Delaying Foreclosure: Borrowers Keep Homes Without Paying
By Les Christie | CNNMoney.com – 5 hours ago
Delinquent borrowers facing foreclosure are learning that they can stay in their homes for years, as long as they're willing to put up a fight.
Among the tactics: Challenging the bank's actions, waiting to file paperwork right up until the deadline, requesting the lender dig up original paperwork or, in some extreme cases, declaring bankruptcy.
Nationwide, the average time it takes to process a foreclosure -- from the first missed payment to the final foreclosure auction -- has climbed to 674 days from 253 days just four years ago, according to LPS Applied Analytics.
It takes much longer than that in Florida, where the process averages 1,027 days, nearly 3 years. In D.C., foreclosure averages 1,053 days and delinquent borrowers in New York often stay in their homes for an average of 906 days.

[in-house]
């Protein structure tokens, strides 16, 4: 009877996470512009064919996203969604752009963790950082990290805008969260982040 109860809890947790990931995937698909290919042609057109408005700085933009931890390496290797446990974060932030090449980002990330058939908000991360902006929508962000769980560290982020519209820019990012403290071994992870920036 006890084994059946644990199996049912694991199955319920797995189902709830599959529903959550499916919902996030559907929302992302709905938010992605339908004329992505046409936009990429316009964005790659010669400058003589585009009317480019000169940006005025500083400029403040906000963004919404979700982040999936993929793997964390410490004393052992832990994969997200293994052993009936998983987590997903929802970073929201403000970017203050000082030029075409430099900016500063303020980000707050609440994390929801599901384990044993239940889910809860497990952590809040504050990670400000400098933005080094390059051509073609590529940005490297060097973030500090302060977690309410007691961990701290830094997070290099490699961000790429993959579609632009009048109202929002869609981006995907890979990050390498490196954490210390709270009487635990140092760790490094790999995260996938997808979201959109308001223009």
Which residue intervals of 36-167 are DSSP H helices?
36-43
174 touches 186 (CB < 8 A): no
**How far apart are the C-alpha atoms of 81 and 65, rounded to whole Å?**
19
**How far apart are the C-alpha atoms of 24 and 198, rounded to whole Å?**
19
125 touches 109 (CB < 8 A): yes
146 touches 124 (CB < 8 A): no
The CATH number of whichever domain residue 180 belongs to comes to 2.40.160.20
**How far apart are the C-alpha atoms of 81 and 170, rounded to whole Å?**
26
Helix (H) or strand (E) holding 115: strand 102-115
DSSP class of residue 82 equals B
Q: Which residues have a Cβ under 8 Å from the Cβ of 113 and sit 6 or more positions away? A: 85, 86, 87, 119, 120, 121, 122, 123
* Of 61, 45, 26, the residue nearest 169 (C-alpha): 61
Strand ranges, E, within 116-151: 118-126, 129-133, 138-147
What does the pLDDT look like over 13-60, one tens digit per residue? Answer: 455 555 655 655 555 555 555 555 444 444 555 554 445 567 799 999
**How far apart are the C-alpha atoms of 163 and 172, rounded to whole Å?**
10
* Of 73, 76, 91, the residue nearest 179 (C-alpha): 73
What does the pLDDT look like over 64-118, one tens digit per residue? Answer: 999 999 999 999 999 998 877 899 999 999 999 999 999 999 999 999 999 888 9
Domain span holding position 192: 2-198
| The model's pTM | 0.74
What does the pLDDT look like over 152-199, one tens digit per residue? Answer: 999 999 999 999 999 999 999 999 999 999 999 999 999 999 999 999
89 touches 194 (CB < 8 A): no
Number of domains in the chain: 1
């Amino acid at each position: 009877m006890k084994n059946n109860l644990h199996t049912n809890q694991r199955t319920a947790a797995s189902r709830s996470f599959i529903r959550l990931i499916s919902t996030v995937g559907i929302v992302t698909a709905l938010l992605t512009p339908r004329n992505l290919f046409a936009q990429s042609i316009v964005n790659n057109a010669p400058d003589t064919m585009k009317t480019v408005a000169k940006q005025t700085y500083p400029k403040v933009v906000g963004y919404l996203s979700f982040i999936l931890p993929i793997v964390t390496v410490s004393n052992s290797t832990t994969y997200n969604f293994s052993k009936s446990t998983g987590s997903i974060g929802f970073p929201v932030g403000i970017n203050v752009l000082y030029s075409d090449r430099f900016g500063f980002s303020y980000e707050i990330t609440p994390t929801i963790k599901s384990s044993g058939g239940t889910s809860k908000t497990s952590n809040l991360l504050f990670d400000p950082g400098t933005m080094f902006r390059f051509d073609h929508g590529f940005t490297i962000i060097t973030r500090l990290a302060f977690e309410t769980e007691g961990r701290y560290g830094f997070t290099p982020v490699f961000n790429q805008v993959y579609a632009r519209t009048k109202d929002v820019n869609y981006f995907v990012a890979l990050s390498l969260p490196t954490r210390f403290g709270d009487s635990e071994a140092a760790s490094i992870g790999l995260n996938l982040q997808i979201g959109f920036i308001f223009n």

And while some borrowers are looking for ways to make good with lenders and get their homes back, many aren't paying a dime. Nearly 40% of homeowners in default have not made a payment in at least two years, according to LPS.
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Many of these homeowners are staying in their homes based on a technicality. There is rarely any dispute over whether or not they have stopped paying their mortgage, said David Dunn, a partner at law firm Hogan Lovells in New York, who represents banks and other financial institutions in foreclosure cases.
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